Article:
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Turncoats and Redcoats

Take a load off Annie, take a load for free;
Take a load off Annie, and you can put the load right on me.

—The  Band

It is said that Lai Wa Wu, who for the moment is Anywoman, speaks in the following words of the teacher Vijay Prashad, who in a parable of the land of America has been offering wisdom in words hardly favorable to military men:

When Vijay left the stage a young Coast Guardsmen came up to him with his finger waggling. He wanted to say something about how the armed forces create leadership and respect. It was hard to take him seriously as his body disrespected someone twice his age.

Unpleasant as he is, the Guardsman in the parable is correct.  The military does create leadership and respect for leadership.  But the wise would do well to ask: what’s so great about leadership?  Isn’t leadership, that ancient chain, always a form of disrespect for the age and wisdom of people who have long lived in communities and know their watersheds and food sources and are willing to protect them?

The wise in their communities free themselves from chains of command and all such surly bonds.

I just want to emphasize that in what I am saying here I don’t mean any disrespect for our fighting men and women in the armed forces.

Just kidding.  Of course I mean disrespect.

Anyone who believes in community and justice had better darn well mean disrespect for standing armies.  When the set of communities that came to be known as these United States came together to fight off an aggressor, they grouped together as an irregular militia against a standing army composed of mercenaries and full-time soldiers, which is to say a mix of turncoats (allegiance for hire) and redcoats.  There was a particular problem, the people in the communities banded together to deal with it, then went home and plowed their fields.  The fighting force the world now knows as the Americans is ironically the very mix of turncoat and redcoat, of private contractor and full-time soldier, which Americans originally banded together to fight.  This force is a standing army.  And standing armies from Britain to Egypt to Canada always have their own momentum and their own interests, and they are seldom the interests of the people they’re supposed to protect.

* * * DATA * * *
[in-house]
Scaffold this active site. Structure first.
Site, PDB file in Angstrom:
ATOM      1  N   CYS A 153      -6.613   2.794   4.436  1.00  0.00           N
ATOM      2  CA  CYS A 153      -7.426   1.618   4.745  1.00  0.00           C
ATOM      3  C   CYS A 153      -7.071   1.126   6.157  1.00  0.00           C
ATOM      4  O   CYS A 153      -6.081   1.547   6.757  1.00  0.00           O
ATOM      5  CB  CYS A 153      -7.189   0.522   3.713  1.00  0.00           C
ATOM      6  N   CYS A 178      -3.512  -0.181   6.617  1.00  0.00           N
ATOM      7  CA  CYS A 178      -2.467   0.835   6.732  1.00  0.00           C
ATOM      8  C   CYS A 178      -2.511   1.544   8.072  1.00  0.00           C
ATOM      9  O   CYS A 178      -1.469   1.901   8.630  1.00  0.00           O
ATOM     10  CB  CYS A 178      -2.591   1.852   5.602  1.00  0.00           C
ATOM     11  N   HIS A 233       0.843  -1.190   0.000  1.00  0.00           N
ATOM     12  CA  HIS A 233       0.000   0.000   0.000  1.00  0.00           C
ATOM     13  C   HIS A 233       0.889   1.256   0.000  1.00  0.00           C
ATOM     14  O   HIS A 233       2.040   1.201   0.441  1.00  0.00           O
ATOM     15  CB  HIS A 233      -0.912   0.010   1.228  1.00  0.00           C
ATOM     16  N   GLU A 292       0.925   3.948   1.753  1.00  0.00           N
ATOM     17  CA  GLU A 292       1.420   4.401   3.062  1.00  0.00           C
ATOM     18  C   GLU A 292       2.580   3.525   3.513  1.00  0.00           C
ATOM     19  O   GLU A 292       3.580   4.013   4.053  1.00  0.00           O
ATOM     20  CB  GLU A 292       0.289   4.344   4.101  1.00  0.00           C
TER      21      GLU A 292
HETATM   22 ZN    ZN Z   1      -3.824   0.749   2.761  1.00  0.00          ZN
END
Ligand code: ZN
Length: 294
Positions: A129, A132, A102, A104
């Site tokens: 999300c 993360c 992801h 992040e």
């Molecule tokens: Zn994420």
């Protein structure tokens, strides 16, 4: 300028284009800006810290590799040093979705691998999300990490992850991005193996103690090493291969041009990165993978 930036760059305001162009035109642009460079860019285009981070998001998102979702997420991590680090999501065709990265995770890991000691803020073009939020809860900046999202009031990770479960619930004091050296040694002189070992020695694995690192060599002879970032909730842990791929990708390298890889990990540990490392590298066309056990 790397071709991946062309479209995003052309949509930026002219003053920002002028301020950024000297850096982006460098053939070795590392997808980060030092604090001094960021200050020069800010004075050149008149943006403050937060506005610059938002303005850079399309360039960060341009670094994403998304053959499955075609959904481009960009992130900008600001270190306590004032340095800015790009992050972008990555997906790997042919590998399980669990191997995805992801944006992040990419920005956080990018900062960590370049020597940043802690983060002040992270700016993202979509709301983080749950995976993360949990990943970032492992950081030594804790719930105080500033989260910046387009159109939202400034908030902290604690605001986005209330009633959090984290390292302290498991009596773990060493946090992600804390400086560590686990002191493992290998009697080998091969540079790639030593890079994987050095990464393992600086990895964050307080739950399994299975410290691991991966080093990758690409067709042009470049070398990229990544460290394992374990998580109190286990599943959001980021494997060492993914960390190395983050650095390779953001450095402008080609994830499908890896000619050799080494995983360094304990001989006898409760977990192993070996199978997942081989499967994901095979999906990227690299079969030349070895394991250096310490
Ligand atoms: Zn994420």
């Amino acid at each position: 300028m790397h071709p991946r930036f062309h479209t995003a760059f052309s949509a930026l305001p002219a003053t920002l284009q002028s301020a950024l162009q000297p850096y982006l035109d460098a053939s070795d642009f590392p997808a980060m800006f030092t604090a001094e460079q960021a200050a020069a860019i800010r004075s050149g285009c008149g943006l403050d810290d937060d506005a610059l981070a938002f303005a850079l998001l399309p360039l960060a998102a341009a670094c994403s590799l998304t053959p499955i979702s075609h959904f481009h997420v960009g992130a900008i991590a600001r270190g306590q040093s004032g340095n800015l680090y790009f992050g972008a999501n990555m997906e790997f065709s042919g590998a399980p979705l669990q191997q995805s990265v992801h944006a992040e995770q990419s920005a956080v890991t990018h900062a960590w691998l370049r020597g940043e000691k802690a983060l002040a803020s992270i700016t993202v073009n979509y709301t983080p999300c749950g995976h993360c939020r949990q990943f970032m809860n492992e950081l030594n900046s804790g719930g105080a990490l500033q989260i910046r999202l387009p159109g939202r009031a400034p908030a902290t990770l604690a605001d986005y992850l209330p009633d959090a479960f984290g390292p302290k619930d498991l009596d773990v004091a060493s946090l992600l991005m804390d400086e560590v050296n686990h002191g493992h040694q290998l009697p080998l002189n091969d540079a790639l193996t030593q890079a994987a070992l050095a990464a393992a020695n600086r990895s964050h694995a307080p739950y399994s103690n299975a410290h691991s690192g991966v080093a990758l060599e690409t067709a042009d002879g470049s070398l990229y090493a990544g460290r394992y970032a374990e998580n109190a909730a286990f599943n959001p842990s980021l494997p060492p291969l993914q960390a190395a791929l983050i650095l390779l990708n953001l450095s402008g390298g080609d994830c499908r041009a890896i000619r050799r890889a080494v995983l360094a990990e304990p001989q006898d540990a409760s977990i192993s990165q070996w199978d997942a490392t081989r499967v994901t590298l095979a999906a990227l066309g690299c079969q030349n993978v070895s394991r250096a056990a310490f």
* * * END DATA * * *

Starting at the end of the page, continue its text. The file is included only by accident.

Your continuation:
If you think the bureaucrats who run the Pentagon have the slightest interest in the welfare of boots on the ground except insofar as boot-interest coincides with the interests of the bureaucrats, your level of naiveté has disqualified you from all future discussions.  Leave now or we’ll throw you out.

This misunderstanding about the difference between standing armies and federations of local revolutionary armies fighting in their own watersheds comes from Americans not knowing their own basic history.  The nation came into being precisely to fight standing armies, not to join them.  Joining a standing army like that of the American fighting forces is essentially a treasonous act.  I don’t happen to think nation-states are such a great idea, but the people who like them should try to get their own foundational narratives straight.  Leftist contempt for private citizens who carry guns, for example, comes from a misunderstanding about the relationship between established governments and standing armies, and it is a naïve view of how benign governments are.

I grew up near the Concord River directly across North Road from the Job Lane House in the place called America, and I’d walk home from track practice at school along the same stone walls behind which the locals had stretched out on their bellies to shoot at the German mercenaries and other British redcoats.  My dad favored the British, and he’d point out all the taverns where the good folks of Bedford and Lexington and Concord had gone to get tanked before having a poke at the boys from England.  But even he would agree that the whole point of the revolutionary experiment was to see if you could destroy the standing army, not join it.  And yes, I’m talking to you yellow-ribbon-waving folks in my (subsequent) stomping grounds of Clarksville, Tennessee.  I’ve heard how much you’ve been enjoying sending your own sons off to get killed in foreign adventures in a standing army.  You’d think at some point mother love would over-ride brainwashing, but I guess not.